“Photography can obviously be an art form, so an intentional photographer should be considered an artist. But photography is the most generic and easily accessible form of art that there is… I mean instagram is not full of people sharing their stencil work… to me the only distinction could be those who are engaged in it intentionally with purpose versus those using a camera casually as a hobby without much intent. Photography has so many applications beyond purely art such as scientific applications and more commercial uses like product photography or stuff like that, real estate for example. I can’t think of any other art form where you have this mechanical/electronic device that really does 99% of the work for you. To be an excellent photographer it’s obviously more about everything that goes into it before the shutter is triggered that matters most.” - Benjamin Stein

“A photographer deals mostly with the present - with what’s going on in the exact moment–the use of imagination is somehow limited to the location and conditions; their control is limited. While an artist (musician, painter, and so on) is in his/her own world–creating with his/her instinct and has full control over it…” - Rafael Castelo

“I grew up with a friend who’s currently receiving classical painting training and I was the less artsy one. I met him prior to discovering my affinity for photography, and made the distinction that I did indeed have an affinity for photography prior to taking notice of his artistic prowess, but when we got older I found myself looking to photography as a creative outlet for myself in lieu of not being able to draw or paint particularly well. I’ve always felt like a secondary artist by comparison…” - James Berardino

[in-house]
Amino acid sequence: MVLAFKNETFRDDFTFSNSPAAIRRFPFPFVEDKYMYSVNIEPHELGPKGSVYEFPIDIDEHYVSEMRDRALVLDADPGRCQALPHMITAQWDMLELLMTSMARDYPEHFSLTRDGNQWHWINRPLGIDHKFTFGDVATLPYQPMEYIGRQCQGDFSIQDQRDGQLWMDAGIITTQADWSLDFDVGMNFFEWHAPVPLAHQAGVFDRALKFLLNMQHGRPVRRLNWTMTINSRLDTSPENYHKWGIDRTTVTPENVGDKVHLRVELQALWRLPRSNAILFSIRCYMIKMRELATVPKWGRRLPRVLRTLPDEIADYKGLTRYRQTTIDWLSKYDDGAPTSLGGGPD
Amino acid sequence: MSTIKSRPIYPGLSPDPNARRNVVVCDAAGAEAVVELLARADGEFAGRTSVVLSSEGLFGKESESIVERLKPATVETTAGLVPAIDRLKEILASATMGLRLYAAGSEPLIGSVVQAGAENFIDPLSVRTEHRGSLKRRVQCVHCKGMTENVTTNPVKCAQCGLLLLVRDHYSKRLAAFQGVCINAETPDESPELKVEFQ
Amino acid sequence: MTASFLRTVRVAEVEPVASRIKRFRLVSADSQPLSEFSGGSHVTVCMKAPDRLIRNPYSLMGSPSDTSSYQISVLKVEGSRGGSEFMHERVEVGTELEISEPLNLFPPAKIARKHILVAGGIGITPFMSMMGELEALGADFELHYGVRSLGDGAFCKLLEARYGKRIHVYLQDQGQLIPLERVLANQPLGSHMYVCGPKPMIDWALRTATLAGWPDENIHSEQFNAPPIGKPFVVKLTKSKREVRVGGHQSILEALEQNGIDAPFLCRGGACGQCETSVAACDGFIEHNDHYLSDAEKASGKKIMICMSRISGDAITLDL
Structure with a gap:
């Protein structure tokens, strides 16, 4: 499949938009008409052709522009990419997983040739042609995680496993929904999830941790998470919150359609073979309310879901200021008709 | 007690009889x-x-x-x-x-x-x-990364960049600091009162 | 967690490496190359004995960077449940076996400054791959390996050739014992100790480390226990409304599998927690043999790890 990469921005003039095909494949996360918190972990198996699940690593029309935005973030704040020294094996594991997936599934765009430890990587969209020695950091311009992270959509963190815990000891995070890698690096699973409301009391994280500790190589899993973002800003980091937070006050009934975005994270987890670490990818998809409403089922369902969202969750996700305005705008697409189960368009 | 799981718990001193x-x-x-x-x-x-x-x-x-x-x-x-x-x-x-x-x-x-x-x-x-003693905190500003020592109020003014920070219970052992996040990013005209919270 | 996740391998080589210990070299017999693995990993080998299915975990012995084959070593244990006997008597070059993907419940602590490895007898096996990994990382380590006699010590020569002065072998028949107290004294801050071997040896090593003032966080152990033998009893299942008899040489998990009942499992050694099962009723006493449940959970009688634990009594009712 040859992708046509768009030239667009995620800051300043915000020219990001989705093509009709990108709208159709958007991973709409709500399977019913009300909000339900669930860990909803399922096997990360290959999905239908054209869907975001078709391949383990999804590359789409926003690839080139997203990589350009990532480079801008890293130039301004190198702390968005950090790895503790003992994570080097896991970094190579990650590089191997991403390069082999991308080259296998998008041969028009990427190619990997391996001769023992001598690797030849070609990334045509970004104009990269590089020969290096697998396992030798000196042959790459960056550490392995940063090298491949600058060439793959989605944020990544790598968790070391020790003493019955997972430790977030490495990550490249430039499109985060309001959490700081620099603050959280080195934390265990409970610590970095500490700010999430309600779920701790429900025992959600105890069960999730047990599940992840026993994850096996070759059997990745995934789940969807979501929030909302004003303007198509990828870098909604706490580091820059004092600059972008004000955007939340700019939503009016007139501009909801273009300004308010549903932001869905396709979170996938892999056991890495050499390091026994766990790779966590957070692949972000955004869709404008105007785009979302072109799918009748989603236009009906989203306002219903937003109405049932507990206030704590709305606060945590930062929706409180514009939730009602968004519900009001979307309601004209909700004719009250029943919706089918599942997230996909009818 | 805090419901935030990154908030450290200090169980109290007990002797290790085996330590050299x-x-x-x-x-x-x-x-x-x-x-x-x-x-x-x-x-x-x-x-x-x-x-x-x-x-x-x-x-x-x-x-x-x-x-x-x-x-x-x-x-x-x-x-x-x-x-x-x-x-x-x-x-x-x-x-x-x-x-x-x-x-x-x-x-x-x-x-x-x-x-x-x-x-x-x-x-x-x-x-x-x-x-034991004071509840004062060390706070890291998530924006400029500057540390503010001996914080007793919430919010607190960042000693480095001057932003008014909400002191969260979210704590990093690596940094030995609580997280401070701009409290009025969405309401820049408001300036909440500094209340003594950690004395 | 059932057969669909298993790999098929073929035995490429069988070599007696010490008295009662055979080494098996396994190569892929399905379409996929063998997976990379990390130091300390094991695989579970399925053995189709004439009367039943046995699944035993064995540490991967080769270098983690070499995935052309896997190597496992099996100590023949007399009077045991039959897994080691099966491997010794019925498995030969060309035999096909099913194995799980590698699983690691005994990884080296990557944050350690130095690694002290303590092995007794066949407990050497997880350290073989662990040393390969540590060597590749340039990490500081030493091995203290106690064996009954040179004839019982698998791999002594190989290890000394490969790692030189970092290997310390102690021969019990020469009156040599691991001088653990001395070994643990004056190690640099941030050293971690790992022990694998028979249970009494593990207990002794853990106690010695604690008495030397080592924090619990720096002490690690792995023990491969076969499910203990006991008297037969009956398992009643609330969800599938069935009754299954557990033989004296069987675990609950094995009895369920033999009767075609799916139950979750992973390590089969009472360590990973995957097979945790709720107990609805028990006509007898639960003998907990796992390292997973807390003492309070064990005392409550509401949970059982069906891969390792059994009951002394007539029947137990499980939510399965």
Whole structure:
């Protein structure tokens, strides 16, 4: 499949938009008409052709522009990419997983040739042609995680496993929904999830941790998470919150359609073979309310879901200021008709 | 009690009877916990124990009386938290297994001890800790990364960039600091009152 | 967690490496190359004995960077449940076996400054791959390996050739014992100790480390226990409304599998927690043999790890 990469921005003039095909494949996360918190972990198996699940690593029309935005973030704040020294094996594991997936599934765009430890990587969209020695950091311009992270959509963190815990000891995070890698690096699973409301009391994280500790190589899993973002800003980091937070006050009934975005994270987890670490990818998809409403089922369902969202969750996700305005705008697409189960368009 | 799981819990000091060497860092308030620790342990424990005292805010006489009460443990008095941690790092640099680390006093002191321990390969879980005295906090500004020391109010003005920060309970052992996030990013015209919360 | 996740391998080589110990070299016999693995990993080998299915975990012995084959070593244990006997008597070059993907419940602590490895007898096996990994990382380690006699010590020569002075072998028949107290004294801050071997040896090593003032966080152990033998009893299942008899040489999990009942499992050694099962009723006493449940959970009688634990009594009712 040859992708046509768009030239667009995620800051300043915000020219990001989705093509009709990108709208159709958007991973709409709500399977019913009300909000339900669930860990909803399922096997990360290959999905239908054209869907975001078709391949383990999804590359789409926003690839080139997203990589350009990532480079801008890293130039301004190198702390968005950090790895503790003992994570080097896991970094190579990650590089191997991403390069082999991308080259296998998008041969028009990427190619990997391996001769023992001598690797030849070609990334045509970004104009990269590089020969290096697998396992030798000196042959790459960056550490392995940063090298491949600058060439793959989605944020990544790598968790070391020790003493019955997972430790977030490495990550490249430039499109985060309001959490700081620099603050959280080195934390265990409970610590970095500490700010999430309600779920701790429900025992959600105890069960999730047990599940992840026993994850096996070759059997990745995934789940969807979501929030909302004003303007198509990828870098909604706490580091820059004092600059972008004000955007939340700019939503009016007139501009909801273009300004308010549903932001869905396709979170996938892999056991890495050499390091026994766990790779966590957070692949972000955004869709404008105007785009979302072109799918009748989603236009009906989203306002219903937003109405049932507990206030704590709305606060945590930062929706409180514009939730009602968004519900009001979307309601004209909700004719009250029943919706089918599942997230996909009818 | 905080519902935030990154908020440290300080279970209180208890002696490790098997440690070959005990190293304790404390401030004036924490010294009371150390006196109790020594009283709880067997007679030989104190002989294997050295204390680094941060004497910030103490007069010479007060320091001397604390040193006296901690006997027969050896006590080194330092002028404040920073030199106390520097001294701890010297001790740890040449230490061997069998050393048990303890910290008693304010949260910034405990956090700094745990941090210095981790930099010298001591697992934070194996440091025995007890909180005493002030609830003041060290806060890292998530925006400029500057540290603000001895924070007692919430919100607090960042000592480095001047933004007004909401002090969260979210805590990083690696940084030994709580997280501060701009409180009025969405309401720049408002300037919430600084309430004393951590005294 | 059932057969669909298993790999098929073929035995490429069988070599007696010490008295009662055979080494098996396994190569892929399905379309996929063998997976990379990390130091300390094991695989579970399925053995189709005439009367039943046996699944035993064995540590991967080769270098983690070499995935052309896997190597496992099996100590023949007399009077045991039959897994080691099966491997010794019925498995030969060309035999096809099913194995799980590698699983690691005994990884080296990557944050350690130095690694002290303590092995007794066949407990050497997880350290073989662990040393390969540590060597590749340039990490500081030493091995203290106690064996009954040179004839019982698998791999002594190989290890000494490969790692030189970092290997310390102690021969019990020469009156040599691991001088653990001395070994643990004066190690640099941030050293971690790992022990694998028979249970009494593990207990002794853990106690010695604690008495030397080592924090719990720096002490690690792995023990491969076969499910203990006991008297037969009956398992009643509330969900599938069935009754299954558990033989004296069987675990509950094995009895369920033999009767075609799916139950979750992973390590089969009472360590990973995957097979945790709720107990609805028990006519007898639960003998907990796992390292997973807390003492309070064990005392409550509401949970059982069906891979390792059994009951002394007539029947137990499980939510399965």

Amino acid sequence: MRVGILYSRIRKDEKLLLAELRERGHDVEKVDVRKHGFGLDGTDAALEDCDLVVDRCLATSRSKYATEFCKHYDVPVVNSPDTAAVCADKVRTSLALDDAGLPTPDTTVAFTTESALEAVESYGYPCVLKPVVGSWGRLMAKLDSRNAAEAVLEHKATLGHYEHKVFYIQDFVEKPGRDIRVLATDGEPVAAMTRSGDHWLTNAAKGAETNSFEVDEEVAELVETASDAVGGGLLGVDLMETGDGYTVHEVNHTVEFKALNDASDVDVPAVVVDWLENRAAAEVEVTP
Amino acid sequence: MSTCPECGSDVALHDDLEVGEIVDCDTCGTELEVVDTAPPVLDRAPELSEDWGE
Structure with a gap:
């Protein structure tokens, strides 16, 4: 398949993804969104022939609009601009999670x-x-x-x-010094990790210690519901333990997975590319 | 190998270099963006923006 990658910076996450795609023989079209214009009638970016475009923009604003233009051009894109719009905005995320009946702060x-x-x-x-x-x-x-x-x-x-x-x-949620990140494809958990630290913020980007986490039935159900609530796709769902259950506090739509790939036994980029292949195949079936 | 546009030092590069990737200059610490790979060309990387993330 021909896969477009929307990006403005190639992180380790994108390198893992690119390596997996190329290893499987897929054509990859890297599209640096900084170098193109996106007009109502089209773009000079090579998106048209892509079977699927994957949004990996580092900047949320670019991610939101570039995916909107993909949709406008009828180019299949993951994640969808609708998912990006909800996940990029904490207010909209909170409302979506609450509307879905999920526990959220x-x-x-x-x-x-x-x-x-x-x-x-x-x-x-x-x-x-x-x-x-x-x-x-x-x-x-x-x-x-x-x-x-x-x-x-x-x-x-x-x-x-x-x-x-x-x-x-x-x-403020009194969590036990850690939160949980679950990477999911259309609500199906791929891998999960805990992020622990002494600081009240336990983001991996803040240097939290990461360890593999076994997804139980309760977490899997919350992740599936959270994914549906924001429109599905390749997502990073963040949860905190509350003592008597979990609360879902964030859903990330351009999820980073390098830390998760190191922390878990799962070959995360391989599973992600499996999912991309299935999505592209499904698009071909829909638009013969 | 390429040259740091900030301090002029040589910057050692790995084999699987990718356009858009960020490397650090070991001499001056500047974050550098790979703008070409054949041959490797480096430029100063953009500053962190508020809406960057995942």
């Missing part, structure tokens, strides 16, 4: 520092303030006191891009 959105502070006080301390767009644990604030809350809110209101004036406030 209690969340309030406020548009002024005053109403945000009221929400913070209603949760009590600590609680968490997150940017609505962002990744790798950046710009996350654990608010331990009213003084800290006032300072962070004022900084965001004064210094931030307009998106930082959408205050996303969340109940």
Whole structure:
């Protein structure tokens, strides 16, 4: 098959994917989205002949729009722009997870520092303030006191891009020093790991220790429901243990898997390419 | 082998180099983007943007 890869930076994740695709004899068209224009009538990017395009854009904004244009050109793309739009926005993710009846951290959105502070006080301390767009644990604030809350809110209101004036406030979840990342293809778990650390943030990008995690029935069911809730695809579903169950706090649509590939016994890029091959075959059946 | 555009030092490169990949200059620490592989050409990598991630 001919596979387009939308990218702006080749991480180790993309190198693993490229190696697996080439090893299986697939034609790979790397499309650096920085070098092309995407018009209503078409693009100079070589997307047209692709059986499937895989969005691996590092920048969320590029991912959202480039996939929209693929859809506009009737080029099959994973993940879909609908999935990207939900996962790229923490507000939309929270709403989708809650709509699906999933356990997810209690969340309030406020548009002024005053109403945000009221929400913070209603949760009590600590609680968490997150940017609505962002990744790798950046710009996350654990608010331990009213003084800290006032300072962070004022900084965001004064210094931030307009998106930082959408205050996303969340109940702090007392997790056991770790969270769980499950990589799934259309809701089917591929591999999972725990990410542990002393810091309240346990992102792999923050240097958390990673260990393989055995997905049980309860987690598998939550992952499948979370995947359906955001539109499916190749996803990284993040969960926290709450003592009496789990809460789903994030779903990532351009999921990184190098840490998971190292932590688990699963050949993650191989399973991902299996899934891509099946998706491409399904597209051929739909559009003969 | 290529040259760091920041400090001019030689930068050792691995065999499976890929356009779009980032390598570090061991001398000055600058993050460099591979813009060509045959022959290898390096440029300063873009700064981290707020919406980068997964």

“I think that a photographer definitely makes art. The largest difference is that landscape and urban photographers capture art from scenes and places that are already made. They are capturing the beauty already in the world, not creating new beauty (like how singers, painters, etc. do)” - Caleb Brown

“In broad strokes, I think the more traditional art forms are creative. Photography is interpretive. While a musician or a painter can create something out of thin air, a photographer can only frame an existing thing in a particular way. Can both be unique? Certainly. But photography lacks the ability to create something where nothing existed and no subject was available. But I think both can be art forms because interpretation and perspective can also be at the heart of emotions, which most art aims to stir.” - Rohan D

“Honestly I’m not a big fan of the term ‘artist.’ It’s been too contested for too long and is inherently compromised. People have made it a battleground for legitimacy and value. If nobody agrees on what art is or isn’t, can anyone call themselves an artist? I think this may be why people have gravitated towards calling themselves “creators” or “creatives.” - Ian Riela

“My photography is an expression of my creativity so one might call it my art, but then I don’t care for a label because what is the benefit of having it called art? My photos have meaning for me, if I can reach others with some of them it makes me happy–that doesn’t change with a label. Labels don’t mean anything.” - Astrid Preisz

All Photography Is Art:

“I don’t think there is a distinction. A snapshot of the kids, for example, will be appreciated and viewed, and our fancy nature photos will also be appreciated, each by its own audience. The intent of the photographer may be different but for me the result is always art.” - Justin Brewster